'Salt Lake Tribune' Wins Ted Natt First Amendment Award

By: The Salt Lake Tribune's establishment of UtahsRight.com, an online clearinghouse of hard-to-obtain government records, has won the 2009 Ted Natt First Amendment Award.

The award is named for the former publisher of The Daily News of Longview, who died in a helicopter crash in 1999. It was presented Thursday at the annual meeting of the Pacific Northwest Newspaper Association in Seattle. Competition was open to newspapers in Washington, Oregon, Idaho, Utah and Montana that are members of The Associated Press.

The Tribune's site features databases of government worker salaries from every major Utah city, county, school district and special taxing district, as well as complete salary information on all state employees and elected officials.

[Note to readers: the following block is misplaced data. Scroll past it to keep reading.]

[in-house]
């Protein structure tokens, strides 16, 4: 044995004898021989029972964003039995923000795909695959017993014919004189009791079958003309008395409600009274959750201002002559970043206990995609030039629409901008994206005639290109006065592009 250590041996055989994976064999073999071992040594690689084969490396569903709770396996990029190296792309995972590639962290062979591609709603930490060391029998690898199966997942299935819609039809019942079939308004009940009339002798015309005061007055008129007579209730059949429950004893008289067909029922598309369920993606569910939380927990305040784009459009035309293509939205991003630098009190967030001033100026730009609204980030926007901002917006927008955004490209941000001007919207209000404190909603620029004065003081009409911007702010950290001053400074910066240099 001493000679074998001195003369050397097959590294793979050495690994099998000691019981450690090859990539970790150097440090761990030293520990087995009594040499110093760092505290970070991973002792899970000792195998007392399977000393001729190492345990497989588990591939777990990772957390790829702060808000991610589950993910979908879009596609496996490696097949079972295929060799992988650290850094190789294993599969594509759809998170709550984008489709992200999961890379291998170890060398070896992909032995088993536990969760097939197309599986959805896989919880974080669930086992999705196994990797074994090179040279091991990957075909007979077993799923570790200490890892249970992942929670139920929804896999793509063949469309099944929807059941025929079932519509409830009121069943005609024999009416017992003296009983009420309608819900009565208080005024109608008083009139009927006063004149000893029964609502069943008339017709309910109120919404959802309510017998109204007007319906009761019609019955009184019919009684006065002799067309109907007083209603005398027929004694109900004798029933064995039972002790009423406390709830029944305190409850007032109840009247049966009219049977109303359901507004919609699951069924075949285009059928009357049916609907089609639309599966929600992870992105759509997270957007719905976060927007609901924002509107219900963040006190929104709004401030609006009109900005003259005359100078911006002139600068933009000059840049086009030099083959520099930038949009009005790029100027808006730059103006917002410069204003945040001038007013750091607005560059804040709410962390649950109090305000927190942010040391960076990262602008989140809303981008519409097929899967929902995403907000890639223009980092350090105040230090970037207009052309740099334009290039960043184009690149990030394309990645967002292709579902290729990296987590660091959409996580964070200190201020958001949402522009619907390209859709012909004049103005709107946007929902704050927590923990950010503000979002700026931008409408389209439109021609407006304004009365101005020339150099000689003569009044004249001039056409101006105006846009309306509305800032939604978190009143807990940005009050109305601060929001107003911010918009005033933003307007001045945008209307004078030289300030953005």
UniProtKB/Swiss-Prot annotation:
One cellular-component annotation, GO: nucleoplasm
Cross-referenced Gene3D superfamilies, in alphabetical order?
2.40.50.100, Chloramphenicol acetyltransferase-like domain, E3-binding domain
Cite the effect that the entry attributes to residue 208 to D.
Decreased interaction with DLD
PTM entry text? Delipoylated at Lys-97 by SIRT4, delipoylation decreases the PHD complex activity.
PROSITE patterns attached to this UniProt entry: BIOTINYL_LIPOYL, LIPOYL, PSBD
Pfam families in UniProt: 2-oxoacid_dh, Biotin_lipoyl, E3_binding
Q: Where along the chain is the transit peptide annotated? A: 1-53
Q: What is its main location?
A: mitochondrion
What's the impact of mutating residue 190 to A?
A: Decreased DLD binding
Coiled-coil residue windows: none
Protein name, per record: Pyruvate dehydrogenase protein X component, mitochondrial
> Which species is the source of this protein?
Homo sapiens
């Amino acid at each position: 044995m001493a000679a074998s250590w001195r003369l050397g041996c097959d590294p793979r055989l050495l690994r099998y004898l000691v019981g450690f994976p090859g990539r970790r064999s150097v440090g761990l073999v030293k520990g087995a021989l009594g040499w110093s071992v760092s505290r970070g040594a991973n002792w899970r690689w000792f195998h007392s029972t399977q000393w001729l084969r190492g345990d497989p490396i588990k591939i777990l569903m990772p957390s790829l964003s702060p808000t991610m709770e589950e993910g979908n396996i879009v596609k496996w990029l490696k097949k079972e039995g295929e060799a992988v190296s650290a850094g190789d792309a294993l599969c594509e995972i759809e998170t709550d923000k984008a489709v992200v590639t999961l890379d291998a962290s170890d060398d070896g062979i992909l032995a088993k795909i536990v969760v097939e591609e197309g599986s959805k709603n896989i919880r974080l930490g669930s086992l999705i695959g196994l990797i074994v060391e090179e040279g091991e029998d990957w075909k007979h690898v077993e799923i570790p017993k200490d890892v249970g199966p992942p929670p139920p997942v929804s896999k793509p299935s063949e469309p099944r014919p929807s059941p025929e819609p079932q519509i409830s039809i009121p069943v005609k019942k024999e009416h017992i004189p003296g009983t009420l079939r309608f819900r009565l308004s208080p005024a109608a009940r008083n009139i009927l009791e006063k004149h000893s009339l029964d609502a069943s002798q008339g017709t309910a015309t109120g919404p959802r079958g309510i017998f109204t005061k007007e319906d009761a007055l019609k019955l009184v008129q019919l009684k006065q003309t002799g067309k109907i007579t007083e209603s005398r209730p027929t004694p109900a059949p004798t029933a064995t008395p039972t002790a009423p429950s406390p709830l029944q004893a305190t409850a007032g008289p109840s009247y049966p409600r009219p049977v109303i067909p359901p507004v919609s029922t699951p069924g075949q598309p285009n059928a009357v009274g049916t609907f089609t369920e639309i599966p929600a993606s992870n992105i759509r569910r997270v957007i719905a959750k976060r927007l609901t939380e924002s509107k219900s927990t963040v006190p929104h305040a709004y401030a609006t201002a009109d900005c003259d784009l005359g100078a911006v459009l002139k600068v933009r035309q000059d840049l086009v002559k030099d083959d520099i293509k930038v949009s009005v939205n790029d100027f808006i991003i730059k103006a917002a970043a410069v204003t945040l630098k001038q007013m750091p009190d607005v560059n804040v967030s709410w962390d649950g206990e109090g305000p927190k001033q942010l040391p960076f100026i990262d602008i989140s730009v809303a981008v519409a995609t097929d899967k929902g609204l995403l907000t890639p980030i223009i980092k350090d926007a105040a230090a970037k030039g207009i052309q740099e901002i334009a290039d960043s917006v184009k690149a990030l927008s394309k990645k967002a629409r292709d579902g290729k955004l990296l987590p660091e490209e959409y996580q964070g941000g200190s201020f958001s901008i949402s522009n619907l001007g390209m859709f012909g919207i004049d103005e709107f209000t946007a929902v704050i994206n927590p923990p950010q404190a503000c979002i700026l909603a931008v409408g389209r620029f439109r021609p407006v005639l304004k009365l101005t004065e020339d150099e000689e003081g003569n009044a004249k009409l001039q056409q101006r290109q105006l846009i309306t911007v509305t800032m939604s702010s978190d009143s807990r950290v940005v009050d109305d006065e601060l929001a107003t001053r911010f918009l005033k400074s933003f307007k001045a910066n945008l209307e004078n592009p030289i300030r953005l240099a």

Readers can also see restaurant inspectuions, drunken driving convictions, child-care center reports, bridge safety data, political contributions and teen pregnancy rates.

"Publishing such sensitive information is controversial, to say the least, and we have been pressed to desist by government officials and citizens alike," Editor Nancy Conway wrote in her letter to the judges. "But we believe that UtahsRight.com has helped created awareness about what information is public and should be available and accessible to citizens." The site has received more than 5 million page views, Conway said.

The judges said they were impressed by the enormity of the effort involved in establishing the site, its ease of public use and its potential as a reporting tool for the newspaper and others.

They also praised The Seattle Times for its continuing series on government earmarks, which won the Natt award last year; The News Tribune of Tacoma for its investigation of a Federal Way municipal judge; and the Yakima Herald-Republic for spending $30,000 on an open-records fight.

Judges for the competition were Sue Price Johnson, retired Associated Press bureau chief for the Carolinas; James Daubel, former publisher and editor of The News-Messenger, Fremont, Ohio; and John Strohmeyer, Pulitzer Prize-winning former editor and vice president of the Bethlehem (Pa.) Globe-Times.


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